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Starting Seeds is easy with a seed-sowing station. Just obtain the following items:
With my husband’s electrical assistance, we then assembled the parts to make a whole. Adjustable shelves are required because, as the seeds sprout and grow, you will need to move the shelves further away from the light. You can also use a seed starting block to eliminate the need for seed trays. If you do use recycled trays and inserts, first dunk them in a ten percent, bleach solution to clean them and remove bacteria. Don’t try recycling your seed starting mix. This is an important place to start anew.
Why a seed-sowing station?
Because it’s chrome, this seed-starting rack is also attractive, I’ll place mine in my tiled dining room. Water from trays won’t damage carpet or the wood floors of my bedroom--where we put the cart together. Plus, it’s near the kitchen where I cook, eat and write, and I’ll be more likely to keep an eye on things.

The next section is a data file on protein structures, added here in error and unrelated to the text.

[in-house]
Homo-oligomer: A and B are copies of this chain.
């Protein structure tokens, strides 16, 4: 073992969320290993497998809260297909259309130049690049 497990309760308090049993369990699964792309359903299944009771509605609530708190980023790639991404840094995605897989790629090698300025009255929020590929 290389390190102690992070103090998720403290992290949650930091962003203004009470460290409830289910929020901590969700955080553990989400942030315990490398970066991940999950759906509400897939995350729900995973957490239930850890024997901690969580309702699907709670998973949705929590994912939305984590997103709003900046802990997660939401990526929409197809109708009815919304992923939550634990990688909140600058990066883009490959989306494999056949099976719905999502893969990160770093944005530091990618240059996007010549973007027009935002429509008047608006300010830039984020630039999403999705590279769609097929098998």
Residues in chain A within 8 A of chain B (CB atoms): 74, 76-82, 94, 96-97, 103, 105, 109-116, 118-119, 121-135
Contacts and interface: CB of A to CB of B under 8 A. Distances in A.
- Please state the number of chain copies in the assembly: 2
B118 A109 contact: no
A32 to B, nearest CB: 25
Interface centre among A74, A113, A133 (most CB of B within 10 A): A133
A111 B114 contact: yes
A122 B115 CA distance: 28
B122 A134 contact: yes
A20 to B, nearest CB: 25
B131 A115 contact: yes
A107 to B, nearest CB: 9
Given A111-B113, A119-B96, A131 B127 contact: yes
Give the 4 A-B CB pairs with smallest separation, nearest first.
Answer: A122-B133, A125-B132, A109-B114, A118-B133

A friend gave me trays, and I’m experimenting with several different types. The smaller cells warm up faster, but must be transplanted sooner. I tend to like the larger containers with heat mats to warm the soil. Last year, I bought two heat mats. You can also use heating pads, but must buy those with continuous heat and no automatic shutoff. Some seeds, like eggplant, require heat beneath them to germinate. At least, that’s my experience.
Cover the seeds with plastic at first to help with germination and heat retention.
Living in Oklahoma, part of the mid-south, my transplant date for warm-weather crops is April 20th. To know when to start my tomatoes, peppers and eggplant, I count back the days on seed packets to determine when I should sow.
The total cost for our seed-sowing station was $237.00, but you could spend less by getting a shorter rack and shorter bulbs.
It may not be a full-fledged greenhouse, but it’s a fantastic step in the right direction for a jumpstart on spring.